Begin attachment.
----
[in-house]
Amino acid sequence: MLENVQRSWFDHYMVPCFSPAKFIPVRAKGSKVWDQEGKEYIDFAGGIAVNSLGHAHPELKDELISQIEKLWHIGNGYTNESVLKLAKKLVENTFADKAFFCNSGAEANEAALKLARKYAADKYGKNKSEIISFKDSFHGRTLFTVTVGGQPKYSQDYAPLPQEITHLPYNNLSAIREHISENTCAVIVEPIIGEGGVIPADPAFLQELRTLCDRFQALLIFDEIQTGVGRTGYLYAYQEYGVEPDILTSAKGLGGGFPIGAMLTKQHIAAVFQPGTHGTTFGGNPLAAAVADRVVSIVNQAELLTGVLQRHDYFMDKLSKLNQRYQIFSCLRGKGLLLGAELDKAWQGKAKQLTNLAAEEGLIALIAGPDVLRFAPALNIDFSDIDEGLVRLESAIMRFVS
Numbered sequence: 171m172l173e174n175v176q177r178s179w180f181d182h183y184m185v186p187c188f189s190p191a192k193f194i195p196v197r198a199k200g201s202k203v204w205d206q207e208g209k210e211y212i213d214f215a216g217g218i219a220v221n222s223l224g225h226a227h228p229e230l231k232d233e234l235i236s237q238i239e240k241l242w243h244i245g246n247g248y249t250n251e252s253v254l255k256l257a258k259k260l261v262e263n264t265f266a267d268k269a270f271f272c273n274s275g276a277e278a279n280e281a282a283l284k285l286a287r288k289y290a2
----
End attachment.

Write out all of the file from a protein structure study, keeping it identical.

[in-house]
Amino acid sequence: MLENVQRSWFDHYMVPCFSPAKFIPVRAKGSKVWDQEGKEYIDFAGGIAVNSLGHAHPELKDELISQIEKLWHIGNGYTNESVLKLAKKLVENTFADKAFFCNSGAEANEAALKLARKYAADKYGKNKSEIISFKDSFHGRTLFTVTVGGQPKYSQDYAPLPQEITHLPYNNLSAIREHISENTCAVIVEPIIGEGGVIPADPAFLQELRTLCDRFQALLIFDEIQTGVGRTGYLYAYQEYGVEPDILTSAKGLGGGFPIGAMLTKQHIAAVFQPGTHGTTFGGNPLAAAVADRVVSIVNQAELLTGVLQRHDYFMDKLSKLNQRYQIFSCLRGKGLLLGAELDKAWQGKAKQLTNLAAEEGLIALIAGPDVLRFAPALNIDFSDIDEGLVRLESAIMRFVS
Numbered sequence: 171m172l173e174n175v176q177r178s179w180f181d182h183y184m185v186p187c188f189s190p191a192k193f194i195p196v197r198a199k200g201s202k203v204w205d206q207e208g209k210e211y212i213d214f215a216g217g218i219a220v221n222s223l224g225h226a227h228p229e230l231k232d233e234l235i236s237q238i239e240k241l242w243h244i245g246n247g248y249t250n251e252s253v254l255k256l257a258k259k260l261v262e263n264t265f266a267d268k269a270f271f272c273n274s275g276a277e278a279n280e281a282a283l284k285l286a287r288k289y290a2